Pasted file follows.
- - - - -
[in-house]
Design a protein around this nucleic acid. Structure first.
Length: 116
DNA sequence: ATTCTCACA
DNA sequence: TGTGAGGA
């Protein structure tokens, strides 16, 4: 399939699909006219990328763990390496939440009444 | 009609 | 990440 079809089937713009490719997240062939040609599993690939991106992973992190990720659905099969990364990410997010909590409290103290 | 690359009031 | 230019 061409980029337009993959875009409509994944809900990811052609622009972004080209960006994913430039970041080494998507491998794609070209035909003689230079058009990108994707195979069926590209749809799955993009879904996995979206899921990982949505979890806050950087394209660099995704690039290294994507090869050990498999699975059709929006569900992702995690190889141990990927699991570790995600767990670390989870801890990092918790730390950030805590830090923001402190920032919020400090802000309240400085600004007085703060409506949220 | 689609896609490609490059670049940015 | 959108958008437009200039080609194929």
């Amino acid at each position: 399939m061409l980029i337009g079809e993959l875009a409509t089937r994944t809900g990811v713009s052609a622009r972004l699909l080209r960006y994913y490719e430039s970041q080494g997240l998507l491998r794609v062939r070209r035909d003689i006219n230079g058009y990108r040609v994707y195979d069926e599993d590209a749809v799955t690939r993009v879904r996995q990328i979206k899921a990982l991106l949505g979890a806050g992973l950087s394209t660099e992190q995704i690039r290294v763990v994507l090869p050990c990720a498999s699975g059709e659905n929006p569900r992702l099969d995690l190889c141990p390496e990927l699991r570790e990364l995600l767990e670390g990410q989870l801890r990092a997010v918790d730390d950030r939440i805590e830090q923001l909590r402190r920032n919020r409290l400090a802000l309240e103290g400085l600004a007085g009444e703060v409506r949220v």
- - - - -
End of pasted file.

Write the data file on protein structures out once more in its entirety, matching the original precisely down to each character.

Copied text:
[in-house]
Design a protein around this nucleic acid. Structure first.
Length: 116
DNA sequence: ATTCTCACA
DNA sequence: TGTGAGGA
């Protein structure tokens, strides 16, 4: 399939699909006219990328763990390496939440009444 | 009609 | 990440 079809089937713009490719997240062939040609599993690939991106992973992190990720659905099969990364990410997010909590409290103290 | 690359009031 | 230019 061409980029337009993959875009409509994944809900990811052609622009972004080209960006994913430039970041080494998507491998794609070209035909003689230079058009990108994707195979069926590209749809799955993009879904996995979206899921990982949505979890806050950087394209660099995704690039290294994507090869050990498999699975059709929006569900992702995690190889141990990927699991570790995600767990670390989870801890990092918790730390950030805590830090923001402190920032919020400090802000309240400085600004007085703060409506949220 | 689609896609490609490059670049940015 | 959108958008437009200039080609194929």
């Amino acid at each position: 399939m061409l980029i337009g079809e993959l875009a409509t089937r994944t809900g990811v713009s052609a622009r972004l699909l080209r960006y994913y490719e430039s970041q080494g997240l998507l491998r794609v062939r070209r035909d003689i006219n230079g058009y990108r040609v994707y195979d069926e599993d590209a749809v799955t690939r993009v879904r996995q990328i979206k899921a990982l991106l949505g979890a806050g992973l950087s394209t660099e992190q995704i690039r290294v763990v994507l090869p050990c990720a498999s699975g059709e659905n929006p569900r992702l099969d995690l190889c141990p390496e990927l699991r570790e990364l995600l767990e670390g990410q989870l801890r990092a997010v918790d730390d950030r939440i805590e830090q923001l909590r402190r920032n919020r409290l400090a802000l309240e103290g400085l600004a007085g009444e703060v409506r949220v």